interlude (meditations): window at night

playing with the moon by laurent laveder (6)As my depression grows and dips and sways and blossoms until it reaches its truest, angriest form — a black hole — I find myself with my head through the first-floor window of my bedroom, breathing in the night air, trying to stop myself from spinning and spiraling into the angry black hole, as if the night air is the only thing stopping me from falling into the molecule-blasting black vortex. (It’s darker in there than it is outside my window, the night more inviting than anything; out there is my beautiful Oregon green and big and charmingly sleepy, the air tinged with the smell of wet Earth and the rain that is always five minutes away — or five minutes past, whichever way you wish to look at it.) I admit it wholeheartedly, mostly if you didn’t know it before by reading this simple blog: I have clinical depression. The angry, sad, paralyzing kind; the kind that appears from nothing and will only go back after pulling me into nothing. That kind that strikes a relative of yours, but never you. The kind you fear. The kind I fear. That kind. And tonight I’m dealing with it in the simplest way possible: two joints, a notebook, and an open bedroom window. I can breathe by this window. I often feel like I can’t breathe anywhere else. Outside the little first-floor bedroom window of my apartment is a small pine tree, discarded packs of cigarettes surrounding the trunk like the remnants of a religious ceremony put on by some lonely band of roaming heathens; when the weather is nice during the spring and summer I get to sit beneath its branches and read in the morning and early afternoon. I live for those happier times. The angry, sad, paralyzing kind; the kind that appears from nothing and will only go back after pulling me into nothing. That kind that strikes a relative of yours, but never you. The kind you fear. The kind I fear. That kind. Tonight my beautiful little tree has a strange blue glow about it, an ornament two weeks past Christmas. It glows as if inviting me to come outside and join the rest of the big, dumb world. (But I can’t: my ego is still too large, my depression too unique and special for anyone else to truly understand. I can’t, I can’t, I will tell myself in the wee small hours of the morning, the prospect of a new day ahead, the air chilled before the rising of a new (and still same old) Sun. But the evening is still young and I am just one more writer cast in a shadow, trying to escape the misery of “what’s next? What is next, what is next, what is NEXT?”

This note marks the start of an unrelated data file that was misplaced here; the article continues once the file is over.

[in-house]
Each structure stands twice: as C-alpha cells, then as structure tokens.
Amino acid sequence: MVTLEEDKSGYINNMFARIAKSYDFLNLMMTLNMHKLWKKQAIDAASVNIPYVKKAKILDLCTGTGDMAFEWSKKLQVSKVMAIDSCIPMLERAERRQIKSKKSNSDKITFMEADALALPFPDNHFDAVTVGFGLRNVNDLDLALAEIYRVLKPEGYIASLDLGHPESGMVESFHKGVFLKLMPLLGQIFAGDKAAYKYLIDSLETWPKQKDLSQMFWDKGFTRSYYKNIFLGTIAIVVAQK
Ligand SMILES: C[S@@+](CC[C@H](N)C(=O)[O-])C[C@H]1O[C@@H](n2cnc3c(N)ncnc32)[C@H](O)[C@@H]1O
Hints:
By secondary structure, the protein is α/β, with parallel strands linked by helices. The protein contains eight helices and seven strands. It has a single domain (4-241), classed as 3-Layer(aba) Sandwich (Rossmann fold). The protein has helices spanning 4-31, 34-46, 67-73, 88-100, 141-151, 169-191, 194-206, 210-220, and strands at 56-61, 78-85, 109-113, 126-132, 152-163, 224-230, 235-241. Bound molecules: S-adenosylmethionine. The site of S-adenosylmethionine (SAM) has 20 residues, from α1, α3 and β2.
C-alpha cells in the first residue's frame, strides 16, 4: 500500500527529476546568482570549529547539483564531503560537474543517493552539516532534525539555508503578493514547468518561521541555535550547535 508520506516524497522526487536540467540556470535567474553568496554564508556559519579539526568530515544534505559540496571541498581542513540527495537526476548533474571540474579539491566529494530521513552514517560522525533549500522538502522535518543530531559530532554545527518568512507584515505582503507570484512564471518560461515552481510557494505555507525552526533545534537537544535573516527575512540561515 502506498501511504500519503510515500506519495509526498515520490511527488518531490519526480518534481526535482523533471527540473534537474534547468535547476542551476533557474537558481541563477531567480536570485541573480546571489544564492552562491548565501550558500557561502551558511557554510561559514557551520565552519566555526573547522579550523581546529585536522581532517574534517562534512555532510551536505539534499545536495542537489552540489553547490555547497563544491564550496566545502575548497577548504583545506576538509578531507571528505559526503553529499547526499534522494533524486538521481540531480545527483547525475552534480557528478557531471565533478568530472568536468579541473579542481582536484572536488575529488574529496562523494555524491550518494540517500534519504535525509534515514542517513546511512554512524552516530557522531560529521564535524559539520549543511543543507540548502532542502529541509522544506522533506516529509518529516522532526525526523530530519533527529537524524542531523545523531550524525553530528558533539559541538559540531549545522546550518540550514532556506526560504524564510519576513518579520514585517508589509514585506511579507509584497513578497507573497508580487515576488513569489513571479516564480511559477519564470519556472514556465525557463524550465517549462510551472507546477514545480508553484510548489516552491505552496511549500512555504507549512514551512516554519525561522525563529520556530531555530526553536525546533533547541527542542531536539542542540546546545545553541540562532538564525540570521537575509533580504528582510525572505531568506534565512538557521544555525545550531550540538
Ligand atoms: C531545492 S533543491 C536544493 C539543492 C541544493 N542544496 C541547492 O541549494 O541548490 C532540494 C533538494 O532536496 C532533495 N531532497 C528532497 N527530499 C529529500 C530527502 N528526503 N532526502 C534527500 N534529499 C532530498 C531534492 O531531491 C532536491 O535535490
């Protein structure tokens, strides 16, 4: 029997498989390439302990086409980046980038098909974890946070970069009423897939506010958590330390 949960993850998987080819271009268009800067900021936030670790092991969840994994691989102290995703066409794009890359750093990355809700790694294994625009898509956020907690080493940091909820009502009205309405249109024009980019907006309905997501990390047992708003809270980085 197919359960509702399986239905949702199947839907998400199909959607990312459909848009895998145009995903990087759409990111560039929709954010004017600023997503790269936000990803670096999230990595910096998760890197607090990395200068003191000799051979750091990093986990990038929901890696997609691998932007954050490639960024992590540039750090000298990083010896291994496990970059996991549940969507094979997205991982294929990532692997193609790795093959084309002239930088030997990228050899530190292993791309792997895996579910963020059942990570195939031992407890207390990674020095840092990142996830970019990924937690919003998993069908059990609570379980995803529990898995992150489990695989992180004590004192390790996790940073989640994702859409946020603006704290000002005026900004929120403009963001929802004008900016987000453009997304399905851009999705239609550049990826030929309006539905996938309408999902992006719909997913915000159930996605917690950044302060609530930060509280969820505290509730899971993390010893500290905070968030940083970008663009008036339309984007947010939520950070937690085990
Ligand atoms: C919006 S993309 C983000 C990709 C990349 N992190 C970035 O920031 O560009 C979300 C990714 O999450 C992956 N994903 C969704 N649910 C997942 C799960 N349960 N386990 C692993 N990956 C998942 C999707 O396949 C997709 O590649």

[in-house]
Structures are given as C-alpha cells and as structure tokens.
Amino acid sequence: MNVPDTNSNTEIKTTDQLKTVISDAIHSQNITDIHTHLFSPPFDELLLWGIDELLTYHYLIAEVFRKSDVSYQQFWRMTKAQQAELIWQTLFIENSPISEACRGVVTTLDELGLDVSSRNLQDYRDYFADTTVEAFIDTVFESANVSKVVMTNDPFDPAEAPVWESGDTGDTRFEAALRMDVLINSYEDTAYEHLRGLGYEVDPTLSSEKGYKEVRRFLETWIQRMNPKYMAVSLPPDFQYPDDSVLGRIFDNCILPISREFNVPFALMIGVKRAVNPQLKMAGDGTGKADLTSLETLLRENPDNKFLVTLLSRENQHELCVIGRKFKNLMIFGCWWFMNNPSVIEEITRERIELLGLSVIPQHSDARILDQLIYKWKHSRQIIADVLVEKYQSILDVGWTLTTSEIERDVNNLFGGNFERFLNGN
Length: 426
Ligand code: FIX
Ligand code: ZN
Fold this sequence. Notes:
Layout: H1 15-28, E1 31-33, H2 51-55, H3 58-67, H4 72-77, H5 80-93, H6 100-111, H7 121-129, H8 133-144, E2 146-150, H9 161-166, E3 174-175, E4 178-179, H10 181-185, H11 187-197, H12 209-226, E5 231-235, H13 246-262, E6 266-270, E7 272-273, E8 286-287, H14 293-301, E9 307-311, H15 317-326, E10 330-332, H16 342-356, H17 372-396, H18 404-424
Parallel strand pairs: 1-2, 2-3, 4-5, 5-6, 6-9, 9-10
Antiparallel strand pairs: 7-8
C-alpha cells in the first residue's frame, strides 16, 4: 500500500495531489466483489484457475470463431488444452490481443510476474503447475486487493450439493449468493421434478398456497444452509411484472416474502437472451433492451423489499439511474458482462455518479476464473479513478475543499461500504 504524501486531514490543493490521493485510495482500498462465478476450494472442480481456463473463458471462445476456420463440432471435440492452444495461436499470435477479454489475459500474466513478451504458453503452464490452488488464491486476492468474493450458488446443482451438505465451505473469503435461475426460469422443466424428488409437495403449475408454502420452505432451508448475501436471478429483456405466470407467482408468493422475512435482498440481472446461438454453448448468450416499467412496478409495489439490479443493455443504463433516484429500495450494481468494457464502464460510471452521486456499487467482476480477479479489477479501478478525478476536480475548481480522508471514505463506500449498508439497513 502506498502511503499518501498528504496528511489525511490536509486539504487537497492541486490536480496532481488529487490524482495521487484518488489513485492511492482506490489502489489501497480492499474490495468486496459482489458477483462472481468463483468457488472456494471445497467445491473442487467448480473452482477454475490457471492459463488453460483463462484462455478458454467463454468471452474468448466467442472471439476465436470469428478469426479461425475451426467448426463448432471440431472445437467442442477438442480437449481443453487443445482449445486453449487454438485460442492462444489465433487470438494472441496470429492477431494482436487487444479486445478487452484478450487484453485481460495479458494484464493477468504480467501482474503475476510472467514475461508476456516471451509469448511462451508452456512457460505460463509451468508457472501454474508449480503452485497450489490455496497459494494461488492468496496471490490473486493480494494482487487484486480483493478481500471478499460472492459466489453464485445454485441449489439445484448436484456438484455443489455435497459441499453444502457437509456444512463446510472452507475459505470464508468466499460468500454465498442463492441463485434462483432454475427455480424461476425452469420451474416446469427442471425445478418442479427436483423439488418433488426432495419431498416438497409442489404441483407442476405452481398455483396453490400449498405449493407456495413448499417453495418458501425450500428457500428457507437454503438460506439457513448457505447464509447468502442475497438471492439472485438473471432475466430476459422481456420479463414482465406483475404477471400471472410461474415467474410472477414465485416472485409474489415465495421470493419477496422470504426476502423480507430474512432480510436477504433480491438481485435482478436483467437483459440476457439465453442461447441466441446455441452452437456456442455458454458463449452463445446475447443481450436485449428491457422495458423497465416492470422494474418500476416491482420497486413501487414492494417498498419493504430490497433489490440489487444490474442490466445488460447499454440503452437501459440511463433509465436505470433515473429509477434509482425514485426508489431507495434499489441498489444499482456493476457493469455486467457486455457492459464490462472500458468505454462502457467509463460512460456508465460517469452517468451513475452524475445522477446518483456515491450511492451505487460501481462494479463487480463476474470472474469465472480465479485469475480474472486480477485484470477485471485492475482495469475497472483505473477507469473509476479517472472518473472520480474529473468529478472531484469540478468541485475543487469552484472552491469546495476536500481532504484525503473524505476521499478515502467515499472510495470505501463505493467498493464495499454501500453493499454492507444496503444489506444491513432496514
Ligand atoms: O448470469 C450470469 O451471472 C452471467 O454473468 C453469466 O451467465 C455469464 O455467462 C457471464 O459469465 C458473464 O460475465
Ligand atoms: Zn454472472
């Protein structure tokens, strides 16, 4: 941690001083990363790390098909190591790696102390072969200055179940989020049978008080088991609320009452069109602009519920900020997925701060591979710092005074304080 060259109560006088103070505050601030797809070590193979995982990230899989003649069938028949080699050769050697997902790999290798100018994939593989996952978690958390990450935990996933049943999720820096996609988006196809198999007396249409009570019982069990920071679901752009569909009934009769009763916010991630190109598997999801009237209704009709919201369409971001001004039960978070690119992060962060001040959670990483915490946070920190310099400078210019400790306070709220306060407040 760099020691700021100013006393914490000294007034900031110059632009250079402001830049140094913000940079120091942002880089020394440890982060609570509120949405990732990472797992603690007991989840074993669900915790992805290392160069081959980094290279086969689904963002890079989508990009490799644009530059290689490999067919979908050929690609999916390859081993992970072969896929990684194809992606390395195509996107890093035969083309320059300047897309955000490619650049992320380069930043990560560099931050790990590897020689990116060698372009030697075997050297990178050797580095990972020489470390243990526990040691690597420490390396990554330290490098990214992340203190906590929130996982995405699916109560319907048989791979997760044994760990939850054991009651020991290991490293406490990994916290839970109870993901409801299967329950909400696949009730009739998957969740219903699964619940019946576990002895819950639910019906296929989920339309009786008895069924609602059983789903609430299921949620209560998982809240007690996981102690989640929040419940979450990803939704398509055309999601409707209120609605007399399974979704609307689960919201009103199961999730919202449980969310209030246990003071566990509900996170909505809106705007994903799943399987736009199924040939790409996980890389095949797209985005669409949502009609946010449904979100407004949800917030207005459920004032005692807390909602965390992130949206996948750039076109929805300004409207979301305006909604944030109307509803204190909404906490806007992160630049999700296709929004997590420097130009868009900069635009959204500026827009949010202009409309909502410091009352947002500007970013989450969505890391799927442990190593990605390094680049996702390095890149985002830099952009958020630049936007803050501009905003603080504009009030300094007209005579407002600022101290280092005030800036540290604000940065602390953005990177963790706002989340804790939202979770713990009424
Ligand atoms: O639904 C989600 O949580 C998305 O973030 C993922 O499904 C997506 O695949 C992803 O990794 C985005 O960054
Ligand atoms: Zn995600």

Jackson Williams.

For the Public Good: The Shameful History of Forced Sterilization in the U.S.

OLDphoto1

Longreads

Belle Boggs | The New New South | August 2013 | 62 minutes (15,377 words)

Download .mobi (Kindle)Download .epub (iBooks)

We’re proud to present, for the first time online, “For the Public Good,” Belle Boggs‘s story for The New New South about the shocking history of forced sterilizations that occurred in the United States, and the story of victims in North Carolina, with original video by Olympia Stone.